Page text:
The only other acceptable place to wear or carry a beacon is in an internally sewn, beacon-specific pants pocket. Outdoor Research Skyward II AscentShell Pants (women’s and men’s, $299) and Helly Hansen Men’s Sogn Cargo Pant ($200) are two pairs with these designated pockets, and both have loops inside to clip your device to. If you’re carrying your beacon in your jacket or in an externally sewn pocket sans harness, there’s a chance that pocket could rip in a slide and you could lose the beacon—which happened during a 2018 incident in British Columbia. Still, Liz Riggs Meder, the director of recreational programs at the American Institute for Avalanche Research and Education (AIARE), wears hers in her harness and advises her students to do the same.

Wear your beacon away from other devices that emit signals or are powered by batteries, such as phones, radios, GPS watches, and electric glove and boot heaters. If you need them with you, turn them off or switch them to airplane mode. Be mindful about the location of snacks with foil wrappers, magnets on pockets, and even season passes with RFID chips because they can all lead to passive interference as well. Riggs Meder says to keep these items in your backpack or in pockets on the other side of your body, at least ten inches from the beacon, to reduce interference.

Choosing a Beacon

There are a few things to look for when you’re buying a transceiver. Make sure you get a three-antenna digital model; any device with only two is outdated. The third antenna, included in all models currently on the market, provides an extra data set to more accurately triangulate a buried person. “Having a modern beacon is the foundation of reducing search times as much as possible,” says Riggs Meder.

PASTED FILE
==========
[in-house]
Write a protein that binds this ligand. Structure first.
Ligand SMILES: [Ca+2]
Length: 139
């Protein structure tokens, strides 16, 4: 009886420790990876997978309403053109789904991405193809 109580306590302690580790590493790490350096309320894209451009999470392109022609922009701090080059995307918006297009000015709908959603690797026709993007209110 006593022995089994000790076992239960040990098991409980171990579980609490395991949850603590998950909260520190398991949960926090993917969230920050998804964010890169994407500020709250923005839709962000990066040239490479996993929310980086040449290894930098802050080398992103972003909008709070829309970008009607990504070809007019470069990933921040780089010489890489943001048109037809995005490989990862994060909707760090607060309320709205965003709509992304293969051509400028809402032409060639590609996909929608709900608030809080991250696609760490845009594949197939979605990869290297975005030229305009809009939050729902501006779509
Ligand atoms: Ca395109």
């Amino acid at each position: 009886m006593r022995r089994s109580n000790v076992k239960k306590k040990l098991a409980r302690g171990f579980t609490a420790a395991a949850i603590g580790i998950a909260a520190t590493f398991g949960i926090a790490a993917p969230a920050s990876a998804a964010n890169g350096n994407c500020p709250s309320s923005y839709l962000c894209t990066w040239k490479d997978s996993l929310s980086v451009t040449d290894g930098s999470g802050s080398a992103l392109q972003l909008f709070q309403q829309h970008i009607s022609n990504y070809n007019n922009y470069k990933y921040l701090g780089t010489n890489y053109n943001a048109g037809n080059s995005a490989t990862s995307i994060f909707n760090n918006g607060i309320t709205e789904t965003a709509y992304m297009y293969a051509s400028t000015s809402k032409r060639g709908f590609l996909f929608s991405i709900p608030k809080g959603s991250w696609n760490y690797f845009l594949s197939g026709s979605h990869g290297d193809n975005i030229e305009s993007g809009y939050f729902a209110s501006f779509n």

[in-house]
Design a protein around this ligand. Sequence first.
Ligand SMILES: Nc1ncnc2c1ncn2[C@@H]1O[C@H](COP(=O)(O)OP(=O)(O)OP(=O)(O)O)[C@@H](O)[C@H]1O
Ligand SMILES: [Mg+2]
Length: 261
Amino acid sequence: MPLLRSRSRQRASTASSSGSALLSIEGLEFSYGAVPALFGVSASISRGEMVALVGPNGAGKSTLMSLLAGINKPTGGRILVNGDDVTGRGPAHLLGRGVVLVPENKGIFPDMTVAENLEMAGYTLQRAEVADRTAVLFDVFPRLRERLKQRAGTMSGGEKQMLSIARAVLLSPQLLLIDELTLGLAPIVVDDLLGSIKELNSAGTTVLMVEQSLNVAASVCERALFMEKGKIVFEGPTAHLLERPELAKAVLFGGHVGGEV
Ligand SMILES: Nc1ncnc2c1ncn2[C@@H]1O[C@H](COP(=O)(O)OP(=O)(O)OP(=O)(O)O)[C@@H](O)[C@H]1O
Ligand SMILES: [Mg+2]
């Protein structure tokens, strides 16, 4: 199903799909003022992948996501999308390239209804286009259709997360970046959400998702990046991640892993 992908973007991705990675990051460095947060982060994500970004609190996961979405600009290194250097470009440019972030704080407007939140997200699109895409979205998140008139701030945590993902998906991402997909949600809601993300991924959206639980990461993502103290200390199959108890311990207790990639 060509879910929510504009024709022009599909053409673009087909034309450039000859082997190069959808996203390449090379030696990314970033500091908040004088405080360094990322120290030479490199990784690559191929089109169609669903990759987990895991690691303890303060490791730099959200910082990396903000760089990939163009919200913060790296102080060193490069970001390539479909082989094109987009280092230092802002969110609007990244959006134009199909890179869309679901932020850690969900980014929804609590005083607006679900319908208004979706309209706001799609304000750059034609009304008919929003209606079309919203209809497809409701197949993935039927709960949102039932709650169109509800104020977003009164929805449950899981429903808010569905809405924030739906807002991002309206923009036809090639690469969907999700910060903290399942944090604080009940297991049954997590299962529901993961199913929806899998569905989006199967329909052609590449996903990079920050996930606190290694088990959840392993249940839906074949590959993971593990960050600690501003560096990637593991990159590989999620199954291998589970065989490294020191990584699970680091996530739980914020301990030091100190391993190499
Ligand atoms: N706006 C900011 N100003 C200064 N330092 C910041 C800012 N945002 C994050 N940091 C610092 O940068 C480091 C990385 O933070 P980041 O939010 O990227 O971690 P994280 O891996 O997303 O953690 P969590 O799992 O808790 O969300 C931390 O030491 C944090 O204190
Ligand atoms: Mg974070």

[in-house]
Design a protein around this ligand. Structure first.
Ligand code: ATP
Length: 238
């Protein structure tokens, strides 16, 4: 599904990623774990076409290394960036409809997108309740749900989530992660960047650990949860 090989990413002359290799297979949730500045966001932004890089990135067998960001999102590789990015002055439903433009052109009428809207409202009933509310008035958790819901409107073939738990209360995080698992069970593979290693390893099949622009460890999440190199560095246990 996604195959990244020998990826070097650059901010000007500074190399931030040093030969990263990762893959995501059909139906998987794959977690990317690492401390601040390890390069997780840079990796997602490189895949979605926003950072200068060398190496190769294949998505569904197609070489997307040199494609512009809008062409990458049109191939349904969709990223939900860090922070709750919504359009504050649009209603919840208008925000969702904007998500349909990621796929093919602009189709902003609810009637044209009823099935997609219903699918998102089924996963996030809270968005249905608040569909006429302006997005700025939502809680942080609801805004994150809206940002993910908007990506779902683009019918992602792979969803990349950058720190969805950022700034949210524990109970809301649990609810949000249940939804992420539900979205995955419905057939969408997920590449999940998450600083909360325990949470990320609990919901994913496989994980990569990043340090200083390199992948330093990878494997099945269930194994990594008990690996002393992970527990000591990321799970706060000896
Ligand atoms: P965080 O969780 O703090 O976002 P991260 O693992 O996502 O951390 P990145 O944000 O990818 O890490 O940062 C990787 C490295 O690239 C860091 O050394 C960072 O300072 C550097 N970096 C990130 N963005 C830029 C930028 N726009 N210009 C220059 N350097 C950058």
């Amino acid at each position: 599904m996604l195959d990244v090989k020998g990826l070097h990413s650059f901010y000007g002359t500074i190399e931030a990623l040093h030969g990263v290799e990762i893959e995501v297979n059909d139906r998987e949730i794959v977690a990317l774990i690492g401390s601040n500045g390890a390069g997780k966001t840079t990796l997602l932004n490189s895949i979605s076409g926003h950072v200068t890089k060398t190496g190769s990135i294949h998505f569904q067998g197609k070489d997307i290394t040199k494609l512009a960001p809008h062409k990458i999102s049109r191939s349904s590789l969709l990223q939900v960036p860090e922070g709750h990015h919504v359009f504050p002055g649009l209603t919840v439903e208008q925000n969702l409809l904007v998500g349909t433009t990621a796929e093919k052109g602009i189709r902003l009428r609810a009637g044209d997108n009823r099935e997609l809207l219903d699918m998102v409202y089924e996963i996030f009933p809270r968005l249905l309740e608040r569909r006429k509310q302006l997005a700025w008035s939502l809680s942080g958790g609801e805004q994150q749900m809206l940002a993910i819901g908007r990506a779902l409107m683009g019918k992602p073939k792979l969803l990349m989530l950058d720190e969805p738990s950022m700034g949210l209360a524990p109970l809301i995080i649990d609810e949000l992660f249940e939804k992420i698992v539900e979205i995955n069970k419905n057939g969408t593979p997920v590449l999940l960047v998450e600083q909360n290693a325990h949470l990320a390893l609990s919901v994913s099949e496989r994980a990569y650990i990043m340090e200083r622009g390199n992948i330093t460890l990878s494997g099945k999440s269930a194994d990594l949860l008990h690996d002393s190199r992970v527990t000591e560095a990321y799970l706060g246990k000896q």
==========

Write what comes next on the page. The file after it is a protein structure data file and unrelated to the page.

As long as your device is a current make, is digital, and has three antennas, the rest is preference. A couple have Bluetooth for software updates and setting tweaks. Some have a way to flag a found person before moving on to another burial if multiple people were caught in the slide. Very few use lithium batteries because they tend to lose life suddenly. “You don’t have to buy the most expensive, top-of-the-line, professional device,” Riggs Meder says. “The best one is one you can afford to buy new and will practice with regularly.”

If something goes wrong—like the beacon unexpectedly turns off in your pocket—contact the manufacturer. When it comes to knowing when to retire your beacon, look to its manual. The suggested time frame is usually around five years. To help keep others safe, do not resell old transceivers—recycle instead. Ortovox runs a retirement exchange program, and Backcountry Access upcycles old transceivers to create training checkpoints.

The Basics